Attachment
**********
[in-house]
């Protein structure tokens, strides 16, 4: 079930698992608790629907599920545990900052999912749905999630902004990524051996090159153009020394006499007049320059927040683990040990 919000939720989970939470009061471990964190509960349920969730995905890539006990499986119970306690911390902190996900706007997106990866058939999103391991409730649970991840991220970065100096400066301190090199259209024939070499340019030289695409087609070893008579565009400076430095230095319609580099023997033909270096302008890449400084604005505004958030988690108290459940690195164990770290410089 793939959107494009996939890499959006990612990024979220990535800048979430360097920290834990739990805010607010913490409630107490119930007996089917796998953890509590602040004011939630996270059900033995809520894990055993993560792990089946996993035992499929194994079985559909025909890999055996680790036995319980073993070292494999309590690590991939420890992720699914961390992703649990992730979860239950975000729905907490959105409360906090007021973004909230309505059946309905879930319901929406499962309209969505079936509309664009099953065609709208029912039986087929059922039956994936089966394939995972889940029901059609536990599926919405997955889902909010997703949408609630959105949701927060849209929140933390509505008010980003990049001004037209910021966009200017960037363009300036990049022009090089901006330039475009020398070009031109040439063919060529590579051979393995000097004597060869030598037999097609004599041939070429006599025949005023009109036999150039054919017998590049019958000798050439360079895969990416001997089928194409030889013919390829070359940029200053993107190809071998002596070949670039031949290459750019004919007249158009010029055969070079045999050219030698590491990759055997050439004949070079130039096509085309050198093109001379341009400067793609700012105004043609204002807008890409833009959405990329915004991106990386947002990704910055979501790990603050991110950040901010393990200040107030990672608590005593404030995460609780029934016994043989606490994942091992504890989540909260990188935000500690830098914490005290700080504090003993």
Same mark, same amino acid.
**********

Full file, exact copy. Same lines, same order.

[in-house]
């Protein structure tokens, strides 16, 4: 079930698992608790629907599920545990900052999912749905999630902004990524051996090159153009020394006499007049320059927040683990040990 919000939720989970939470009061471990964190509960349920969730995905890539006990499986119970306690911390902190996900706007997106990866058939999103391991409730649970991840991220970065100096400066301190090199259209024939070499340019030289695409087609070893008579565009400076430095230095319609580099023997033909270096302008890449400084604005505004958030988690108290459940690195164990770290410089 793939959107494009996939890499959006990612990024979220990535800048979430360097920290834990739990805010607010913490409630107490119930007996089917796998953890509590602040004011939630996270059900033995809520894990055993993560792990089946996993035992499929194994079985559909025909890999055996680790036995319980073993070292494999309590690590991939420890992720699914961390992703649990992730979860239950975000729905907490959105409360906090007021973004909230309505059946309905879930319901929406499962309209969505079936509309664009099953065609709208029912039986087929059922039956994936089966394939995972889940029901059609536990599926919405997955889902909010997703949408609630959105949701927060849209929140933390509505008010980003990049001004037209910021966009200017960037363009300036990049022009090089901006330039475009020398070009031109040439063919060529590579051979393995000097004597060869030598037999097609004599041939070429006599025949005023009109036999150039054919017998590049019958000798050439360079895969990416001997089928194409030889013919390829070359940029200053993107190809071998002596070949670039031949290459750019004919007249158009010029055969070079045999050219030698590491990759055997050439004949070079130039096509085309050198093109001379341009400067793609700012105004043609204002807008890409833009959405990329915004991106990386947002990704910055979501790990603050991110950040901010393990200040107030990672608590005593404030995460609780029934016994043989606490994942091992504890989540909260990188935000500690830098914490005290700080504090003993």
Same mark, same amino acid.